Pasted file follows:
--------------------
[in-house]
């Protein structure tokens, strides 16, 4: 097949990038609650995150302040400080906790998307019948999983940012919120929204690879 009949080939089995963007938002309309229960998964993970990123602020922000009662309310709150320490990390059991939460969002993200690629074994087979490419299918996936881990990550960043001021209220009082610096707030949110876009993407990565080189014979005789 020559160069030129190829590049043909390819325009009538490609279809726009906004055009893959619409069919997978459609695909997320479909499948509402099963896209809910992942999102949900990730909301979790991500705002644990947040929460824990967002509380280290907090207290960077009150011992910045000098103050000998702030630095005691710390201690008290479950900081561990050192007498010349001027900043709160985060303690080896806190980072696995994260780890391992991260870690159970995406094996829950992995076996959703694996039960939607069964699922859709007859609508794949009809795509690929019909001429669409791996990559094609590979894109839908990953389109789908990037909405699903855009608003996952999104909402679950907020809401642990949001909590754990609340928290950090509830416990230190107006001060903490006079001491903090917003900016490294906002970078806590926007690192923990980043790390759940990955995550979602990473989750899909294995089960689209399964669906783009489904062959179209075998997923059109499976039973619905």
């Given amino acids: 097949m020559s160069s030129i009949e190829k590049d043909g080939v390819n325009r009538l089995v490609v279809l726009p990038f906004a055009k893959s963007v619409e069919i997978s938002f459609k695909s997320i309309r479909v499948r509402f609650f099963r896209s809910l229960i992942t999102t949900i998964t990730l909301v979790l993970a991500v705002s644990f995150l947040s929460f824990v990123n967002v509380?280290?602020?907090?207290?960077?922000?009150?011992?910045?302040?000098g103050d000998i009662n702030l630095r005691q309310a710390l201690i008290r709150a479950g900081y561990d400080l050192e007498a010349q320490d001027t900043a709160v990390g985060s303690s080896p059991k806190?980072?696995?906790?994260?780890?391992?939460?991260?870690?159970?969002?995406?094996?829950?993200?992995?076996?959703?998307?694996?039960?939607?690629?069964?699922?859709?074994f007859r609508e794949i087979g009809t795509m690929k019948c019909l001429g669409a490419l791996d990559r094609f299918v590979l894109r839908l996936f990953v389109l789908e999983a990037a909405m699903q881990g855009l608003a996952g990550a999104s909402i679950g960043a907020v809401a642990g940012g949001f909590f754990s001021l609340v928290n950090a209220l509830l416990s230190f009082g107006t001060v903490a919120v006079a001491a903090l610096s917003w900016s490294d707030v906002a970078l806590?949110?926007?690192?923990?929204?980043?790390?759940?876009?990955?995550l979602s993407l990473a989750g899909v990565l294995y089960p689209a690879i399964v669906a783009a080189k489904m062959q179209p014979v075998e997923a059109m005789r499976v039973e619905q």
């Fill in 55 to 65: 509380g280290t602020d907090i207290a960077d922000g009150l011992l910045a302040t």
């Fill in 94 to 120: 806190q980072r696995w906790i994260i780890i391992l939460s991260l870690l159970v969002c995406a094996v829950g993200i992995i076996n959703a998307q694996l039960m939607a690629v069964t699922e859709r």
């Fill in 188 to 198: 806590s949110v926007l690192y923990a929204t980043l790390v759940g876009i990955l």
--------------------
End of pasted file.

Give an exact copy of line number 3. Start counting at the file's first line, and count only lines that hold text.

């Given amino acids: 097949m020559s160069s030129i009949e190829k590049d043909g080939v390819n325009r009538l089995v490609v279809l726009p990038f906004a055009k893959s963007v619409e069919i997978s938002f459609k695909s997320i309309r479909v499948r509402f609650f099963r896209s809910l229960i992942t999102t949900i998964t990730l909301v979790l993970a991500v705002s644990f995150l947040s929460f824990v990123n967002v509380?280290?602020?907090?207290?960077?922000?009150?011992?910045?302040?000098g103050d000998i009662n702030l630095r005691q309310a710390l201690i008290r709150a479950g900081y561990d400080l050192e007498a010349q320490d001027t900043a709160v990390g985060s303690s080896p059991k806190?980072?696995?906790?994260?780890?391992?939460?991260?870690?159970?969002?995406?094996?829950?993200?992995?076996?959703?998307?694996?039960?939607?690629?069964?699922?859709?074994f007859r609508e794949i087979g009809t795509m690929k019948c019909l001429g669409a490419l791996d990559r094609f299918v590979l894109r839908l996936f990953v389109l789908e999983a990037a909405m699903q881990g855009l608003a996952g990550a999104s909402i679950g960043a907020v809401a642990g940012g949001f909590f754990s001021l609340v928290n950090a209220l509830l416990s230190f009082g107006t001060v903490a919120v006079a001491a903090l610096s917003w900016s490294d707030v906002a970078l806590?949110?926007?690192?923990?929204?980043?790390?759940?876009?990955?995550l979602s993407l990473a989750g899909v990565l294995y089960p689209a690879i399964v669906a783009a080189k489904m062959q179209p014979v075998e997923a059109m005789r499976v039973e619905q």